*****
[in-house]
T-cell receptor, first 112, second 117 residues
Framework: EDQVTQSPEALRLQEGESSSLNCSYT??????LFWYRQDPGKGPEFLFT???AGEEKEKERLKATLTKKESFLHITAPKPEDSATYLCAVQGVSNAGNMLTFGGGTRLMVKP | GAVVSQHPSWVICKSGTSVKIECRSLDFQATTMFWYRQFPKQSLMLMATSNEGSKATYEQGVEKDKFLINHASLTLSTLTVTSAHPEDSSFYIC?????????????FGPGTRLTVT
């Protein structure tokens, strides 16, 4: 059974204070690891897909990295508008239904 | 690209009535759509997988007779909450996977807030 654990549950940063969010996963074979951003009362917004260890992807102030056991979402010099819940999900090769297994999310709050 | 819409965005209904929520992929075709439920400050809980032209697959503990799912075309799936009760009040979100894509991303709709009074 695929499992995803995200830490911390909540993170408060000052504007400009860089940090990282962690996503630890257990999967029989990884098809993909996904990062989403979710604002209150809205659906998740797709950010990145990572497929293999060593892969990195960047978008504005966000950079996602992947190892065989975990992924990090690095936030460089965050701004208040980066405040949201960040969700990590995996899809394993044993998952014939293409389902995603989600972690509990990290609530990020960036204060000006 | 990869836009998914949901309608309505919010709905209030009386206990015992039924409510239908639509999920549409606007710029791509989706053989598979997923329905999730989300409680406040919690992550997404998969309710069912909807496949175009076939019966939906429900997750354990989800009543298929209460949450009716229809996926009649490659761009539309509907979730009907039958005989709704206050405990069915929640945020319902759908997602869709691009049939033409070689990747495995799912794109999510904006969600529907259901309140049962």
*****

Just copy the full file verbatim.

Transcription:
[in-house]
T-cell receptor, first 112, second 117 residues
Framework: EDQVTQSPEALRLQEGESSSLNCSYT??????LFWYRQDPGKGPEFLFT???AGEEKEKERLKATLTKKESFLHITAPKPEDSATYLCAVQGVSNAGNMLTFGGGTRLMVKP | GAVVSQHPSWVICKSGTSVKIECRSLDFQATTMFWYRQFPKQSLMLMATSNEGSKATYEQGVEKDKFLINHASLTLSTLTVTSAHPEDSSFYIC?????????????FGPGTRLTVT
């Protein structure tokens, strides 16, 4: 059974204070690891897909990295508008239904 | 690209009535759509997988007779909450996977807030 654990549950940063969010996963074979951003009362917004260890992807102030056991979402010099819940999900090769297994999310709050 | 819409965005209904929520992929075709439920400050809980032209697959503990799912075309799936009760009040979100894509991303709709009074 695929499992995803995200830490911390909540993170408060000052504007400009860089940090990282962690996503630890257990999967029989990884098809993909996904990062989403979710604002209150809205659906998740797709950010990145990572497929293999060593892969990195960047978008504005966000950079996602992947190892065989975990992924990090690095936030460089965050701004208040980066405040949201960040969700990590995996899809394993044993998952014939293409389902995603989600972690509990990290609530990020960036204060000006 | 990869836009998914949901309608309505919010709905209030009386206990015992039924409510239908639509999920549409606007710029791509989706053989598979997923329905999730989300409680406040919690992550997404998969309710069912909807496949175009076939019966939906429900997750354990989800009543298929209460949450009716229809996926009649490659761009539309509907979730009907039958005989709704206050405990069915929640945020319902759908997602869709691009049939033409070689990747495995799912794109999510904006969600529907259901309140049962």